While sustainable food has been trendy for well on a decade, spawning celebrity vegan diets and designer farmers’ market totes, eco-conscious fashion has taken longer to enter the mainstream, partly because of its high price point compared to fast fashion.
But Andrea Plell, fashion writer and co-founder of the Bay Area’s Sustainable Fashion Alliance, and many local designers say that’s quickly changing. In the two years since its founding, the Sustainable Fashion Alliance male jumpsuit fashion has grown to 200 members, including executives at large and midsize local brands such as the Gap, Athleta and Allbirds (see page 5). Many clothing manufacturers are starting to collaborate with members of Fibershed, a network of 150 Northern California textile artisans, wool producers, and growers of cotton, indigo and other dye plants.
“This is really the hot spot for sustainable innovation,” says Plell of the Bay Area scene, which she says is home to countless brands working to clean up the industry with environmental impact, transparency and social justice in mind. “I feel like we’re the epicenter of a lot of the conversations that are pushing the movement forward.”
Up-and-coming Bay Area companies are trying out different models of sustainability. Kendall Wilson at the new Vesta Studio in Redwood City uses only natural and vegan fabrics such as Cupro, a cellulose-based fabric with a silky feel, which she buys from a Japanese mill that recycles its water and textile scraps.
Yet defining sustainability in clothing and fashion is complicated, involving all kinds of questions about where and how the fiber is grown and who is doing the labor. Some designers opt for domestically grown organic cotton, while others focus on natural fibers and dyes. Vegan textiles can promote animal welfare yet also can be fashion made of artificial fibers that break down in the wash and end up as microplastics in the ocean.
“This kind of work requires so much vision and energy,” says Joyce Hu, who co-founded the Sustainable Fashion Alliance with Plell. She points out that supply-chain issues for large companies can be obstacles to change: “That revolution does not come overnight.”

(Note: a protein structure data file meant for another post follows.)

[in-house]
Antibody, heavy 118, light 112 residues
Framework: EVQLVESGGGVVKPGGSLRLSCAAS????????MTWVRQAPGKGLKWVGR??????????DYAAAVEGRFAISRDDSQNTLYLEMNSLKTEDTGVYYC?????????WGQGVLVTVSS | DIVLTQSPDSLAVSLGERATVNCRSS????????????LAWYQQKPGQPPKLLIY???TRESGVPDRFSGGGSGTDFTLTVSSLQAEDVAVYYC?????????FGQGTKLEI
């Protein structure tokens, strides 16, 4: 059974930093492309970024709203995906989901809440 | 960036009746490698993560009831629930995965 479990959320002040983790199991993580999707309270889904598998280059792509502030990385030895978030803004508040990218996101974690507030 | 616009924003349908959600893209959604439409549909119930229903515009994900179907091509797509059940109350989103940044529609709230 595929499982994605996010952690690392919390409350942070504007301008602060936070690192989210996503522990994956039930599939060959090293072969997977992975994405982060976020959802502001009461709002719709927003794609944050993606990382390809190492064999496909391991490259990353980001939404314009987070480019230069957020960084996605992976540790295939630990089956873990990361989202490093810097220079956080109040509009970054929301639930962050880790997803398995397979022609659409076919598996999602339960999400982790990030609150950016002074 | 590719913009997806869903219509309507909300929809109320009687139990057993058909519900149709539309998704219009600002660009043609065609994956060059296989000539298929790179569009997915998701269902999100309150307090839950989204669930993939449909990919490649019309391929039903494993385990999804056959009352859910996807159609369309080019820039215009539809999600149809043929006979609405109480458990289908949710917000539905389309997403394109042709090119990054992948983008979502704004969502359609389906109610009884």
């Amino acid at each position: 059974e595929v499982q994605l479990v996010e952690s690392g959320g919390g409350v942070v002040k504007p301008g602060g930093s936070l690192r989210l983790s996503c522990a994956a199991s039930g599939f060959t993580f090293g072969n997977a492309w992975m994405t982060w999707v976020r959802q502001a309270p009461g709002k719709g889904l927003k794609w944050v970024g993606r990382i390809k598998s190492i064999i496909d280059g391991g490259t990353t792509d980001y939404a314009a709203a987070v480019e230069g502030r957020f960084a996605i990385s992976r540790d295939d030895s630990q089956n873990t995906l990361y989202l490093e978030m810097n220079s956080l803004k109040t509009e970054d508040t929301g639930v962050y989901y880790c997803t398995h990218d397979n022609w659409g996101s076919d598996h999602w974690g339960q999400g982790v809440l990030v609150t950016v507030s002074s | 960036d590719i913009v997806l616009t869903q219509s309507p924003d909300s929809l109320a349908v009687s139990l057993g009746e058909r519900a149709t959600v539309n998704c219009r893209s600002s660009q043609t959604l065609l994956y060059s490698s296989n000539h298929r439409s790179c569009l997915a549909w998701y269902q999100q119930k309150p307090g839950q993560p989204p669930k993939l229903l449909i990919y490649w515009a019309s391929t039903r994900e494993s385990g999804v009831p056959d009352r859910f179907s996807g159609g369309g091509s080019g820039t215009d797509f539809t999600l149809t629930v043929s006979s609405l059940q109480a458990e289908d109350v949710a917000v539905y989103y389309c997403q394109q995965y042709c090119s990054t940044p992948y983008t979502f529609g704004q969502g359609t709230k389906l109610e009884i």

As head of marketing at Mill Valley’s Wildlife Works, Hu raises even more complex environmental issues to think about. Wildlife Works has an 80,000-acre wildlife preserve and clothing factory in Kenya that provides jobs as an alternative to poaching. The 20-year-old company has recently become involved in the carbon offset trade, working with landowners in Kenya and the Congo to prevent deforestation in order to protect wildlife habitat and slow down the conversion of land to agriculture, itself a major cause of climate change.
Hu and her husband, Josh Berry, just launched Marlin Ray, a new brand of surf ponchos made at the Wildlife Works factory. Hu came up with the idea after observing the awkward way most male surfers (including Berry) change in and out of their wetsuits with a towel around their waist. While the poncho’s brightly colorful, made-in-Kenya cotton isn’t organic, the product is fair trade and carbon neutral at.
Carbon neutrality is the major issue with Fibershed, whose Northern California sheep ranching members are often referred to as “carbon farmers” since grazing helps build the organic soil and retain carbon. Yet Rebecca Burgess, who founded Fibershed in 2010 — it now has 50 international chapters — says the movement to create authentically regional textiles, grown or raised and then manufactured in local mills, is still in a nascent phase.